If your life feels like it is coming to end God is saying that there is new things coming and you can start again.
Today God is offering us to start again.

If your world feels like it is coming to end.
If you feel that there is nothing but death and destruction all around.
Be ready because God is in control and birthing new things to life so that you can start again.
Because God has bigger dreams for you! Amen

Monday, November 12, 2012

The Widow's Might!

This week I found out that Mabel Isakson died.
I am the only person who that matters to here this morning.
In many ways her death is of no note.
She did not hold any formal titles.
She was never a senator, congresswoman, or president.
In fact, in the time I was her pastor she was never council president, on even on Church council, or even on a committee at church.
She was not a well known religious figure like Martin Luther, Mother Teresa, or St. Francis.
In fact, she was not a pastor, bishop, or pope.
Her passing is not front page news.
She wasn’t rich, but she wasn’t poor either.
She never was on television.
But she was one of the mightiest people I have ever known.
She had a faith that always lifted up my eyes to what was possible.
She was kind and gentle.
Every person who I knew who knew her was affected by her faith and love.

What is it that makes us great?
This is the question that we have been talking about a lot this fall.
As we have read through Mark’s Gospel we have heard Jesus again and again talk about what it really means to be great.
What does it mean to call ourselves followers of Jesus Christ?

Most of the time Jesus has been talking about this in the abstract, but this morning, as Jesus sits in the temple in Jerusalem; we get a real life concrete example.
A widow with nothing to her name puts two small coins into the treasury.
It is hardly noticed by anyone, because the rich and religious are making a show of dropping in tons of money.
They are making a show of how much they have.
And this woman who nobody notices come along and gives what seems like nothing, but is so much more.
Jesus notices her.
What makes her giving so noticeable is that it is a sign of her faith.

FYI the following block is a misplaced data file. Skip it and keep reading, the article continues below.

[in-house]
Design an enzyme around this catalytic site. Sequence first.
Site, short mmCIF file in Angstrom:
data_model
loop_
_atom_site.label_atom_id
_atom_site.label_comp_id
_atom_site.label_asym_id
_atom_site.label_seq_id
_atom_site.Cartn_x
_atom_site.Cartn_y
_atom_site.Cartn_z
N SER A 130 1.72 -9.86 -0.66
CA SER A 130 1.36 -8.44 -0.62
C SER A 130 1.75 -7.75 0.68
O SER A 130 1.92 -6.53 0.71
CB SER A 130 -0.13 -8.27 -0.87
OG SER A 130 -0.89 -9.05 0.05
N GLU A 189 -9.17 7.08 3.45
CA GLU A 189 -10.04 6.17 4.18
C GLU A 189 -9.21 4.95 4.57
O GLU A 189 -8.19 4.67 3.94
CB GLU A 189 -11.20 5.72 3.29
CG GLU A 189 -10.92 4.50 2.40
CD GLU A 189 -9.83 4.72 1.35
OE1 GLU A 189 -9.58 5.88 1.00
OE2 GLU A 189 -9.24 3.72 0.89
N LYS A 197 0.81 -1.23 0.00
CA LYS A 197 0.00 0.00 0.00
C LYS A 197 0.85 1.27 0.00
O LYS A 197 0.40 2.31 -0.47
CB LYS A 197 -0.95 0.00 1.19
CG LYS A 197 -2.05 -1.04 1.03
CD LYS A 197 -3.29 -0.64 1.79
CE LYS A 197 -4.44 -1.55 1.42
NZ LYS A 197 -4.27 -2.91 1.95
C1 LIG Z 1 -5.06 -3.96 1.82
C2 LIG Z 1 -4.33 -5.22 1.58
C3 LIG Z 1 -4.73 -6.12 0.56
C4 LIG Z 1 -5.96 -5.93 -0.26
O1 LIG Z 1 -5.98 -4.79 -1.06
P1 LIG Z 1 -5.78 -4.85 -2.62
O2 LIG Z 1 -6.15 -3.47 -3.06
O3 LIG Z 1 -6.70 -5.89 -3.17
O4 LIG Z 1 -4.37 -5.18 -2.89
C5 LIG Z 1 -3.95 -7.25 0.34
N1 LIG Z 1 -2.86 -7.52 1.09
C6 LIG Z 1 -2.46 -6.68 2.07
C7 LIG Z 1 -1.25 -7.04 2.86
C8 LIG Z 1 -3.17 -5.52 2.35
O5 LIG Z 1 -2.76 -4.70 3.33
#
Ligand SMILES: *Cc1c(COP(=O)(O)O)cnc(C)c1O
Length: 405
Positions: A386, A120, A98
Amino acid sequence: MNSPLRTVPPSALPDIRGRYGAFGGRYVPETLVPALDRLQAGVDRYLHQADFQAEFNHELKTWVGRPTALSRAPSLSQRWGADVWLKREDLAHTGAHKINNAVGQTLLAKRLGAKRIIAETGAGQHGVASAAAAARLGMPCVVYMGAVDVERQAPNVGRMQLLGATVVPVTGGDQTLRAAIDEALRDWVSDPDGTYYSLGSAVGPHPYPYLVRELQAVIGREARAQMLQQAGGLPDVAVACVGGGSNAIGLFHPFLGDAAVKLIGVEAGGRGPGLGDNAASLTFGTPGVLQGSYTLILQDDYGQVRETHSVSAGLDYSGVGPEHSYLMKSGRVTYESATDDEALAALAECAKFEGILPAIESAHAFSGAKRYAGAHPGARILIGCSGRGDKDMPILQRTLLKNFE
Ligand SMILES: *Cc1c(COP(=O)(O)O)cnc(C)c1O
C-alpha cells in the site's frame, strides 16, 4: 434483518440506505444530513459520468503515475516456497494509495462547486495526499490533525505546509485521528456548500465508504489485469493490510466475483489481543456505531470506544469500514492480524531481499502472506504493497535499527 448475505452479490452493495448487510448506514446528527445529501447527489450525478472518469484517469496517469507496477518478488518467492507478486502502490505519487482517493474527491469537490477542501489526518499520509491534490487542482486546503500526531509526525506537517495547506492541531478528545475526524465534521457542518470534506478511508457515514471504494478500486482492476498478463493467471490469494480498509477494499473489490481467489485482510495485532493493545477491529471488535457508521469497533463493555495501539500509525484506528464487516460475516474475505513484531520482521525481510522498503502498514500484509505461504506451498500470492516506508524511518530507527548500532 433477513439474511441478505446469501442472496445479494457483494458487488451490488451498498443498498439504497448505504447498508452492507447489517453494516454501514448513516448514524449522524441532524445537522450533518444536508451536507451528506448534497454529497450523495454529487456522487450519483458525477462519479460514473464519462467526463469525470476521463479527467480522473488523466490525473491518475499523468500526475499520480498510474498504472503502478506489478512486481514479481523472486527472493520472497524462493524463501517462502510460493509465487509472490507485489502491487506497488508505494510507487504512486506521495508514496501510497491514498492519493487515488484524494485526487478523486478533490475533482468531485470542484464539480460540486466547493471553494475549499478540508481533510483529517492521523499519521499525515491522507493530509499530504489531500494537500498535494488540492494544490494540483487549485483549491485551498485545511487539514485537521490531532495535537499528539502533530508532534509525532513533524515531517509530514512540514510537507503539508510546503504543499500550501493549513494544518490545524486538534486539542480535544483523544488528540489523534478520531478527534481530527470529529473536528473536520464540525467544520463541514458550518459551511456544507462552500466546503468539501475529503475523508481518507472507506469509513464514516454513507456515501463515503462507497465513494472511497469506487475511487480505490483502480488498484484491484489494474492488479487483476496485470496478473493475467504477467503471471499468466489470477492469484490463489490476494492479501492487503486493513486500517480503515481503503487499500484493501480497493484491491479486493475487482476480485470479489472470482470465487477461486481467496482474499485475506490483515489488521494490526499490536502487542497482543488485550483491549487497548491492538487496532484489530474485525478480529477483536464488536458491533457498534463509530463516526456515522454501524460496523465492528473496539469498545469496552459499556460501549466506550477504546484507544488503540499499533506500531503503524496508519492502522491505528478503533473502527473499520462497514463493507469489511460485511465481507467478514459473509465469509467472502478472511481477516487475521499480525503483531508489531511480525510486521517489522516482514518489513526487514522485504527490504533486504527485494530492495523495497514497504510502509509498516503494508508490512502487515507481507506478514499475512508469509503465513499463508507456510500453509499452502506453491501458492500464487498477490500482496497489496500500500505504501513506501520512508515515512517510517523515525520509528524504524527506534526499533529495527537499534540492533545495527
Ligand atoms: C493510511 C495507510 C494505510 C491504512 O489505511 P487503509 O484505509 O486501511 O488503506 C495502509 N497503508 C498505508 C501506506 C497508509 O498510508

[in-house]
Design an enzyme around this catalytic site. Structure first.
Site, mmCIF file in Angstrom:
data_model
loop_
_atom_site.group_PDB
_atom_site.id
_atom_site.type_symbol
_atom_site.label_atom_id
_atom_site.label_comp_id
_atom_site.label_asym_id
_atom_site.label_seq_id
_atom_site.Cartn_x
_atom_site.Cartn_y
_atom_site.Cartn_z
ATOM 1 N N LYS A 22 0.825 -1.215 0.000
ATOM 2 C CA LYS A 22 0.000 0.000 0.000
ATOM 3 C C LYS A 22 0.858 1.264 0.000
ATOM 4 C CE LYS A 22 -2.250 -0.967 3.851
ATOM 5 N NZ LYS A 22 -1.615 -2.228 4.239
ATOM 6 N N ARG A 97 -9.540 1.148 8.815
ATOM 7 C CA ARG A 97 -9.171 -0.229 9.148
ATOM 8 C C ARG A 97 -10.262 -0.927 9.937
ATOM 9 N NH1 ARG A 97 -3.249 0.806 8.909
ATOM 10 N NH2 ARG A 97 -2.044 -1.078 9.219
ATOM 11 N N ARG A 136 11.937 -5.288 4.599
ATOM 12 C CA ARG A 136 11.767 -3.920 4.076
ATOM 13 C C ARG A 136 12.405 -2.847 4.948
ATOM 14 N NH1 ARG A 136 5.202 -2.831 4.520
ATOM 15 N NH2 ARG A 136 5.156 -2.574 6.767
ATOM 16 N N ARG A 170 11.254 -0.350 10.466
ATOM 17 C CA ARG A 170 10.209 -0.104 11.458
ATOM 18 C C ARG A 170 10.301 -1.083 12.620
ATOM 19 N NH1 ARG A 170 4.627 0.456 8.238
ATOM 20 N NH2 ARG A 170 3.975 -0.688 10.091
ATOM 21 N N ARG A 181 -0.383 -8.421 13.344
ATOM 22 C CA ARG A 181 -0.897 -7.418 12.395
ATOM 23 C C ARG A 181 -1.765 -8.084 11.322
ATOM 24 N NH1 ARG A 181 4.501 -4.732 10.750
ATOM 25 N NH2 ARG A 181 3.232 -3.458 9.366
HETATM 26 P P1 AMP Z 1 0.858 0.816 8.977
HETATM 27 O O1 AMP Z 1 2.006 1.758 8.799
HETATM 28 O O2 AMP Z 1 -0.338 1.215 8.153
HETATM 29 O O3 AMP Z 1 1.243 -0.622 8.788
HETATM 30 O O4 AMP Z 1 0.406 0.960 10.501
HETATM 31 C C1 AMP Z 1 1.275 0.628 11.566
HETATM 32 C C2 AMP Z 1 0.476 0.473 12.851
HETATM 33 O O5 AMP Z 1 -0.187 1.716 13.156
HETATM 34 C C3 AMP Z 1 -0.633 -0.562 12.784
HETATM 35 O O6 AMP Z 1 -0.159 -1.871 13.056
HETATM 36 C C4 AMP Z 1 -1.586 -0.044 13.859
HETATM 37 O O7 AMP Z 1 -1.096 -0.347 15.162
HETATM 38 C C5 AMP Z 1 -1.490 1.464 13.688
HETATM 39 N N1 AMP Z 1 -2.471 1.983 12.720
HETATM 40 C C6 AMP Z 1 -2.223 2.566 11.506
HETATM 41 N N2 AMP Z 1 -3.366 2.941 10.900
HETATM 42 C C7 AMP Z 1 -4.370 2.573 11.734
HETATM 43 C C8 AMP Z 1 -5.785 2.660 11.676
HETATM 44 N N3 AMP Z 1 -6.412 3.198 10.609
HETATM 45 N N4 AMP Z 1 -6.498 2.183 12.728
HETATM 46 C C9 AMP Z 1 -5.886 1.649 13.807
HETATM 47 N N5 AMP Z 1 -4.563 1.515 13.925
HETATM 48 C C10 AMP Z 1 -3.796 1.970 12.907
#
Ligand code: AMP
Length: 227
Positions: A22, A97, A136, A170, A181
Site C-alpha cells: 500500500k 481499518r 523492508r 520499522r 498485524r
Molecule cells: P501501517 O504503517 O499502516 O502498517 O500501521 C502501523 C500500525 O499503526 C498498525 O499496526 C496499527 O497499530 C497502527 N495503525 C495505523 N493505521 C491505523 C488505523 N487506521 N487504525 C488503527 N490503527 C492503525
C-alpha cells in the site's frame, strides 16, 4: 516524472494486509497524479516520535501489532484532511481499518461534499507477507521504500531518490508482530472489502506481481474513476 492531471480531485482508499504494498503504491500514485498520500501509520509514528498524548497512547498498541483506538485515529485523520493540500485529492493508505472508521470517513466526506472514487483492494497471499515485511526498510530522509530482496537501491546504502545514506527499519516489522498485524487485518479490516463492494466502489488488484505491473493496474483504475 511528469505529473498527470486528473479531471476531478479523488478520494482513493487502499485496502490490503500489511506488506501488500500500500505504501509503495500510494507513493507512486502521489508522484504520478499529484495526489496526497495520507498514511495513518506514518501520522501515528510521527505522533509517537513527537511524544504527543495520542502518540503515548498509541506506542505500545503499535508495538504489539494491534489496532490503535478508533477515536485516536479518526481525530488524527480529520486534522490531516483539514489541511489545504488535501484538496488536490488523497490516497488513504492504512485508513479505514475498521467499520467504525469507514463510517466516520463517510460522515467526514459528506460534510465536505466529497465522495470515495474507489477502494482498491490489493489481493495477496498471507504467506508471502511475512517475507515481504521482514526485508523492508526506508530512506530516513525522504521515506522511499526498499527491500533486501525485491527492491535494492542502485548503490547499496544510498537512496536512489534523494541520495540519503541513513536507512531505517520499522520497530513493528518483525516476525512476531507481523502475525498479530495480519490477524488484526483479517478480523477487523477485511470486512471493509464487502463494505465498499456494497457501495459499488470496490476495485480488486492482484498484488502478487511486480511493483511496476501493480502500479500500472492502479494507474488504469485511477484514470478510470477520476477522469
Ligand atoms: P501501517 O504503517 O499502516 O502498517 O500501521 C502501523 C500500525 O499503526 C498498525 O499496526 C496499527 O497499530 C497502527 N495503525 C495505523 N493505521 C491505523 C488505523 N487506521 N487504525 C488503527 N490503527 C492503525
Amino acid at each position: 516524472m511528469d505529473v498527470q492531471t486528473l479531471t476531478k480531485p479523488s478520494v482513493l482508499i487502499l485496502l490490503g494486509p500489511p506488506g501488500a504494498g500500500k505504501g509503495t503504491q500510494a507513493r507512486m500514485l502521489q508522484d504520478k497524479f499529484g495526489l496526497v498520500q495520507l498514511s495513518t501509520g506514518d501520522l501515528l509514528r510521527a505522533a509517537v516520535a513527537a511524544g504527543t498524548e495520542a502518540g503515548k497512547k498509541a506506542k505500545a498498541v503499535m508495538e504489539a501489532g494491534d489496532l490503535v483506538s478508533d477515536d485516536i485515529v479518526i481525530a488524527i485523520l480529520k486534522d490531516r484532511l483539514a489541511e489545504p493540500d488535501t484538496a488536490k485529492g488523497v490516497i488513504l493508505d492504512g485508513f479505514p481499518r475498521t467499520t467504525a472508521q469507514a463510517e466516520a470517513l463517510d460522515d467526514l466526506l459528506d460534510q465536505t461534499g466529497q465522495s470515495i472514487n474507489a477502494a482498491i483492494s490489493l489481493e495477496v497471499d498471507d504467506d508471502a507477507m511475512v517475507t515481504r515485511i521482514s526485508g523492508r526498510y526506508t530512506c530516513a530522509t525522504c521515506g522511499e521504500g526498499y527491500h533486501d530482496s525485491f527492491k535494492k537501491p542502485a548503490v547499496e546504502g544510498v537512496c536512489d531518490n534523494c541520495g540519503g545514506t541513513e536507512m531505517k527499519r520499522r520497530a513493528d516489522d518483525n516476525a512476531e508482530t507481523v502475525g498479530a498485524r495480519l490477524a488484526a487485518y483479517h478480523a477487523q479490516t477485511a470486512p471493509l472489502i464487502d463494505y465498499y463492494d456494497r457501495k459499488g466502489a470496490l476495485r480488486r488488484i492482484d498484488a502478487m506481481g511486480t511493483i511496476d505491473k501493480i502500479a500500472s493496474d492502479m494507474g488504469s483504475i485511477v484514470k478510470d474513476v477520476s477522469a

By giving all she has to God she is saying that her lot is cast with God.
What would make someone give all their money away?
It is really the act of a mad person.
But this is not merely an act of charity; it is an act of faith.
This widow by her actions has said that her life is in God’s hands.

We often call this story the story of the widow’s mite.
Because the amount of money she puts in is one mite (Not an amount of coin in Jesus’ day, but it was when the King James version of the Bible was written).
But I think it should be the widow’s might, meaning the strength of this woman.
Her faith is strong, and that makes her mighty.

And that was Mable.
She was a small and weak looking person.
But once you got to know her you knew what a strong and mighty person she was.
I could tell you lots of stories about Mabel.
But the one that sticks out is when I really first started to get to know her.
I hadn’t been at that congregation for too long.
I was a young just out of seminary pastor.
I didn’t know much, but I was giving it my best.
You learn a lot of things on the job.
In seminary they teach you theology, Biblical studies, Church history, preaching.
But everything else you make it up as you go along.
Anyway, we had decided to move the altar away from the wall, so that when I presided at communion I could stand behind it and face everyone.
One of the problems was that moving it meant we would no longer have room for a kneeler that was in front of the altar.
After some research someone on the council came and said to me, “Pastor Mabel gave that kneeler in memory of her husband.
I guess we are going to have to keep it there.
Unless pastor you talk to her.”
This made me nervous.
I didn’t want to offend one of the oldest most respected members of the congregation.
I had just gotten there.
After a little while I finally got up the nerve to talk to Mabel about it.
She said to me, “Pastor, I gave that kneeler out of love for my Lord to the Church if you never used it that would have been ok with me.
Of course you can move it.
This isn’t about me.”
She was a mighty woman.
She had might and she gave that might all the time to those around her.

I think about Mabel a lot.